Producers hope to wrap up harvest and turn their thoughts towards plans for winter
By Jackie Clark
Snow has blanketed fields across Ontario. Though it may not last, the white stuff is a sure sign that winter is on the way. So, farmers across the province are focusing on what lies ahead as we reach the end of a fickle and challenging harvest season.
“It’s been a little bit of a stressful fall,” Chris Chadwick, a cash-crop farmer from Chatham-Kent, told Farms.com.
“There are a couple big operators by us that have some beans left in the field. (But), for the majority, we’re just waiting on corn,” he said.
He hopes to get a window soon to allow him to wrap up harvest.
“A little bit of sun and a little bit of wind would do me a big favour,” Chadwick said. “Once the snow’s off the stalks, we’d like to get the corn off and get the stalks plowed.
“After that, (it’s time to) just put everything away in the barn,” he added.
It’s a different story in eastern Ontario.
“My beans are still in the field under 15 cm of snow, so that’s not good. Corn’s still up over 28 to 30 per cent moisture,” Eleanor Renaud, who runs a cow-calf and cash crop operation in Leeds County, told Farms.com.
Some farmers in the area “are lucky and got (soybeans) off, but the fields have not been great,” she explained.
Farmers in eastern Ontario would need “the snow to disappear, (and) some really cold, breezy sunny days, to get at the beans. But the snow’s got to go first and I wasn’t seeing that in the forecast,” Renaud said.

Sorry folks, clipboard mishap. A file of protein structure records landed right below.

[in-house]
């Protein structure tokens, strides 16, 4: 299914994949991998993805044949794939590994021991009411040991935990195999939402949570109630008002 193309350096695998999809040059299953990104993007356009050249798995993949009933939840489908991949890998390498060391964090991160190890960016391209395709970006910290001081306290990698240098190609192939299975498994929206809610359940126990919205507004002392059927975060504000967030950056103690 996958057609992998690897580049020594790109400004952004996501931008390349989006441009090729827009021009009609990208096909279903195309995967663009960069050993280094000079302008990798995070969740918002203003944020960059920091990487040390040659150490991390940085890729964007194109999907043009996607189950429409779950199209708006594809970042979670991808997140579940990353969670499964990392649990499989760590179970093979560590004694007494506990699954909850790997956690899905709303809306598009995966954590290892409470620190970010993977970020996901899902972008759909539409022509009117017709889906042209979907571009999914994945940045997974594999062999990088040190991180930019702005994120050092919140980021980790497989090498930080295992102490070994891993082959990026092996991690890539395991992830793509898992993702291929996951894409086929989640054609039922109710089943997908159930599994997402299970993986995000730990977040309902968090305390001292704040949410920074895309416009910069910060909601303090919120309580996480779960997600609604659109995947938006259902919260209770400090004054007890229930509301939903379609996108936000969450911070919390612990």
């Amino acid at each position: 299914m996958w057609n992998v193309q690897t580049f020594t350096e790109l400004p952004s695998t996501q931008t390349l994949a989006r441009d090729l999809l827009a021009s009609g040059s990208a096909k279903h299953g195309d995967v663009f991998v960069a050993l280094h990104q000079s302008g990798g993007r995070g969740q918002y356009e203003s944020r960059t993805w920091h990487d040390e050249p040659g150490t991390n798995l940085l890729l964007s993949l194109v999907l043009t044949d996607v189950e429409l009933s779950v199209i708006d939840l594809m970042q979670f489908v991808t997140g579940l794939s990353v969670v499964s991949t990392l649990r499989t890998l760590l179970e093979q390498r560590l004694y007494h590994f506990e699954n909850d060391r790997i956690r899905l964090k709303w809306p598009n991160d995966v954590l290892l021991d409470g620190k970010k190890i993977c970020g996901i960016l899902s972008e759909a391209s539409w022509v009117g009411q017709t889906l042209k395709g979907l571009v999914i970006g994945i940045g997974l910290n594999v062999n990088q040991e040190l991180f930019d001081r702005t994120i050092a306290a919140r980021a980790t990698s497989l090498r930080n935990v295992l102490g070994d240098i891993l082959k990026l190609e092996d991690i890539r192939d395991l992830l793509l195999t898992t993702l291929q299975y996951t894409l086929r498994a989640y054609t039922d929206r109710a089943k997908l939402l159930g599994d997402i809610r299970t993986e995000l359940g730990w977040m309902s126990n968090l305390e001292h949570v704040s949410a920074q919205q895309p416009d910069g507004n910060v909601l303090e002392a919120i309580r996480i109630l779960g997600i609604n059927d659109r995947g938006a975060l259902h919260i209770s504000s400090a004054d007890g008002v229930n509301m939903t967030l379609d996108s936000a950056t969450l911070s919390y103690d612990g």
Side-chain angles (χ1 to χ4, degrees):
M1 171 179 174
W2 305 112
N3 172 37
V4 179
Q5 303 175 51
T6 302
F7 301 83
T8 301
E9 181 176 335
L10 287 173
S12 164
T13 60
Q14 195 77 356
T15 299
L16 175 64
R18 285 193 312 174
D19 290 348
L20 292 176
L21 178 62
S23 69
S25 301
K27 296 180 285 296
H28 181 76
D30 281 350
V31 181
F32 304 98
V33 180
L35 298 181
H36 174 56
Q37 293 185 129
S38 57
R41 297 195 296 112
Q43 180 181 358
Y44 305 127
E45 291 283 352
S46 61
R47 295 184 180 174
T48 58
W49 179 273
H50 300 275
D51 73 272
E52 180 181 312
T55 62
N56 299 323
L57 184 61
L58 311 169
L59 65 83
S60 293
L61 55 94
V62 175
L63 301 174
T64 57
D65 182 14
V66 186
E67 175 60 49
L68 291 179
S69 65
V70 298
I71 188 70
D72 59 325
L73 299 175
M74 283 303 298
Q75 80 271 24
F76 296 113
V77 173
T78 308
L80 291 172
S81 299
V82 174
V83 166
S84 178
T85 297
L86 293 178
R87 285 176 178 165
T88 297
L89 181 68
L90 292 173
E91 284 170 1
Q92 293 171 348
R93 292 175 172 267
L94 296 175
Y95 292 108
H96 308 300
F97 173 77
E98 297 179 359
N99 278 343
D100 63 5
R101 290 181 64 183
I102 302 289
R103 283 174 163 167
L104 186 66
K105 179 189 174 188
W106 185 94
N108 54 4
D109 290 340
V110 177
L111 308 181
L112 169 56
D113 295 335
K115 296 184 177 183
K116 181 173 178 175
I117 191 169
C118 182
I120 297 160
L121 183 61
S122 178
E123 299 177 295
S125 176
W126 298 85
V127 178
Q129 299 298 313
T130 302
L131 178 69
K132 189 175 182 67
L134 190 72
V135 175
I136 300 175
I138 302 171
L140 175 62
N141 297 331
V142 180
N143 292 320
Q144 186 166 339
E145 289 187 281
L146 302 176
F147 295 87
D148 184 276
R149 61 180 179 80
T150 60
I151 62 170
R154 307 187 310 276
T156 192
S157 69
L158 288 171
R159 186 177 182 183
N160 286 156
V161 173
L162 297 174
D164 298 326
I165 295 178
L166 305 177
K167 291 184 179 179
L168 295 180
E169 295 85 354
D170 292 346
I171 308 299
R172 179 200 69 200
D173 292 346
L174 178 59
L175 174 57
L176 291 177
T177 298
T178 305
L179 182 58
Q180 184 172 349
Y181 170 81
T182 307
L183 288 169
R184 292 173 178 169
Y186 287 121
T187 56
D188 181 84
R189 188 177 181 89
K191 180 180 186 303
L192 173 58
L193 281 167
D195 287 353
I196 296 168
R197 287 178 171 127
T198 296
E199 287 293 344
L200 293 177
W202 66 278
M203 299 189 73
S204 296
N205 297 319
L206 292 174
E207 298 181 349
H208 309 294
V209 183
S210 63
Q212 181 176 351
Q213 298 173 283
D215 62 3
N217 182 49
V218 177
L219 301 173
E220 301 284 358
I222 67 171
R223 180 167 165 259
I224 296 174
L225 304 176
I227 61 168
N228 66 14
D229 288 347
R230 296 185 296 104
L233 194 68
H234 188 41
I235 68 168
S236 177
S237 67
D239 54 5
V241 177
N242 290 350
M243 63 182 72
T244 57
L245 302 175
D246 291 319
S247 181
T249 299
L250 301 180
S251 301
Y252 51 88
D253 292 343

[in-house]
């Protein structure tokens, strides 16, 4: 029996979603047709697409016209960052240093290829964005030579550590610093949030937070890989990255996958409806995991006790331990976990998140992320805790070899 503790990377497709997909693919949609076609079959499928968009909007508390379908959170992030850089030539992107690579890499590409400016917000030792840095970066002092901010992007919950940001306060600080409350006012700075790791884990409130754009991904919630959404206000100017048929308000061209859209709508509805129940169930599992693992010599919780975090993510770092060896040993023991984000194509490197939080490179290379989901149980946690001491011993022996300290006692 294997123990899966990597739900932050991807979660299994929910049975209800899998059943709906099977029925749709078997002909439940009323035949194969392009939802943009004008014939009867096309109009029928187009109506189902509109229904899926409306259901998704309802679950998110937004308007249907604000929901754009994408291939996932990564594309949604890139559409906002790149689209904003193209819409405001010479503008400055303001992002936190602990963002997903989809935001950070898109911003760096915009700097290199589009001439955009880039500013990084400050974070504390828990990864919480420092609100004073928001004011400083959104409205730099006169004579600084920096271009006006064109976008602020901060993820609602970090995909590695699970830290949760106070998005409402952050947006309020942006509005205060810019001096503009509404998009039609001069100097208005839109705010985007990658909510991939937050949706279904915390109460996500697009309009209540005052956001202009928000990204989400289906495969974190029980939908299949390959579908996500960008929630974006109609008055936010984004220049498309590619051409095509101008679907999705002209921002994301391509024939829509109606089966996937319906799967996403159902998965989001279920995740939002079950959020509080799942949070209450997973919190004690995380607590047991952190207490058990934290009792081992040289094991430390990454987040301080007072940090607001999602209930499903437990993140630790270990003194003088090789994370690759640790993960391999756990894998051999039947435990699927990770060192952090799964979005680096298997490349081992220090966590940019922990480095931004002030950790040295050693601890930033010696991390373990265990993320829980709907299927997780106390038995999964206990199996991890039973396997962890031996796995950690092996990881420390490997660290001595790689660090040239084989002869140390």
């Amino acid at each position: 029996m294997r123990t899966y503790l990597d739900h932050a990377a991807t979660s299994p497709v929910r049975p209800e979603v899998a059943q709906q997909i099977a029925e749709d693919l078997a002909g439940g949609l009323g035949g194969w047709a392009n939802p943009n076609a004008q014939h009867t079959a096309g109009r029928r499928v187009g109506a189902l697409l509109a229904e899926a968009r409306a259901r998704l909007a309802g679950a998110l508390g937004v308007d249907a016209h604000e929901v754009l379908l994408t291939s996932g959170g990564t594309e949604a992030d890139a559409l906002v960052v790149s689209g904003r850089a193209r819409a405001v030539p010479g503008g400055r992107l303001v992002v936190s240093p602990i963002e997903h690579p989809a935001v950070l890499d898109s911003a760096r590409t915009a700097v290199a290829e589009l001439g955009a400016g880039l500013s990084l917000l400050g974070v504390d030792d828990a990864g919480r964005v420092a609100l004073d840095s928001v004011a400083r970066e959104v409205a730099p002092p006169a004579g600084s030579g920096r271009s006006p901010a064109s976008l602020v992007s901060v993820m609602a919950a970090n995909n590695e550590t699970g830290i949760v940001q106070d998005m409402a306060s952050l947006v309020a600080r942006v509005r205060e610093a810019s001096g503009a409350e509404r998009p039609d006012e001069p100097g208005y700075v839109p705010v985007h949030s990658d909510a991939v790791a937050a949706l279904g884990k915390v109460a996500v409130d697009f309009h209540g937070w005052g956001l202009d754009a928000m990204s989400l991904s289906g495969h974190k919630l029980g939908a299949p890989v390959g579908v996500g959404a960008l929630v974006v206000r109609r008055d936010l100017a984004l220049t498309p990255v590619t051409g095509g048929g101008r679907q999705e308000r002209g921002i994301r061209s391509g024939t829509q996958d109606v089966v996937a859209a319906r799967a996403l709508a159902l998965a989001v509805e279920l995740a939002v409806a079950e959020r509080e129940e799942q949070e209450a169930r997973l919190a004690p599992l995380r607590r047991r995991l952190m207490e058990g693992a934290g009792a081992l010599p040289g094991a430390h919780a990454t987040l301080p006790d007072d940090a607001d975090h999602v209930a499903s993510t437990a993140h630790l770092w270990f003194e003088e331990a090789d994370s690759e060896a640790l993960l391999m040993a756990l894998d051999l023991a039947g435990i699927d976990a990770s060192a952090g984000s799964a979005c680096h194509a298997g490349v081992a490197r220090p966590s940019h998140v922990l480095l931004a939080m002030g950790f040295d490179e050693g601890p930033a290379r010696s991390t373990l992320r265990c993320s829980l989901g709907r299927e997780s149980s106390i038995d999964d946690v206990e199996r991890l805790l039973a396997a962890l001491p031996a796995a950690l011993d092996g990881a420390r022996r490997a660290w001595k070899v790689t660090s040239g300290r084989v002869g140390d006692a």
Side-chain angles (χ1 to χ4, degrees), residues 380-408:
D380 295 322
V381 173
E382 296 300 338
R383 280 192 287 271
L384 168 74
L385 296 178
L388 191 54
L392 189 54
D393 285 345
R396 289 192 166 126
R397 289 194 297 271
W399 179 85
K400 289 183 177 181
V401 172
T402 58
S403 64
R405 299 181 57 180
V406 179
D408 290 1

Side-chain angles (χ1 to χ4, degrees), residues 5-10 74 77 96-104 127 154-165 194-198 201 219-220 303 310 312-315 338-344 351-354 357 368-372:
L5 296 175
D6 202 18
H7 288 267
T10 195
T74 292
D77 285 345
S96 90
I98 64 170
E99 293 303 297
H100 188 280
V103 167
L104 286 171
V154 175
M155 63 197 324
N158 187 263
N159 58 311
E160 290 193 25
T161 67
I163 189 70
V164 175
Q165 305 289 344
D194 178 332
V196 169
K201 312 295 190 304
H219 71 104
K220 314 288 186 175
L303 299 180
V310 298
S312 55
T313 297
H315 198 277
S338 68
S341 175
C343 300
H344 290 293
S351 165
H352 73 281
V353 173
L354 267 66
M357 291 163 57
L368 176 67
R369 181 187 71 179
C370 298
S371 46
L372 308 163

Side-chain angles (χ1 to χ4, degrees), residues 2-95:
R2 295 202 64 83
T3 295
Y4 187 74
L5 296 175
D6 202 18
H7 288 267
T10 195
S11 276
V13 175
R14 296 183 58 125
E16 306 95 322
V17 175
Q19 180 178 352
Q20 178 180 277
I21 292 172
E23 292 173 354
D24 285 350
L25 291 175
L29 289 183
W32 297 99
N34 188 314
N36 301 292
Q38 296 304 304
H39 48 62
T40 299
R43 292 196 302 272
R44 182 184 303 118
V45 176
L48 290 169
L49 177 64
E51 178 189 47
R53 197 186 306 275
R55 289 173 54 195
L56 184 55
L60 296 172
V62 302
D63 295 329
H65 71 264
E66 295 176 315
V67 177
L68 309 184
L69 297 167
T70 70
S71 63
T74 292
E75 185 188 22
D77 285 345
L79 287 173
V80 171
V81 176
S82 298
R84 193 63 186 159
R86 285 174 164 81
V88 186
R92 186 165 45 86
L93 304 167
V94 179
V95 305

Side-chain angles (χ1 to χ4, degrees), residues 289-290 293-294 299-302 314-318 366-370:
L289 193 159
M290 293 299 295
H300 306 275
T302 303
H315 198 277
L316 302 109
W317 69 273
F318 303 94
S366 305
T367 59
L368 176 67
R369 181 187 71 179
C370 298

“I do have my equipment pretty much all away,” she added.
As long as the cows behave, winter is usually less busy, she said. “You can take a deep breath and maybe a holiday. It’s also meeting time.”
Some producers completed personal and professional development projects in the fall when conditions delayed harvest.
“I just finished the Environmental Farm Plan last week because it was muddy so we couldn’t do anything anyways,” Chadwick said. “Over the winter, we’ve just got a couple of wagons to do a little maintenance on.”
Farmers from both regions echoed the same message of working together to remain positive.
“We talk to each other in the coffee shops and try not be a downer about the weather with doom and gloom. (We) always try to look for the positive,” Chadwick said. “This is the hand we were dealt this year. There’s nothing we can do about it other than try to work together.”
“It is a very stressful time right now for farmers,” Renaud added. “You do have to take that deep breath and find the humour. You have to take some time to yourself, and not stress yourself out over it because it’s so easy to get injured that way.”
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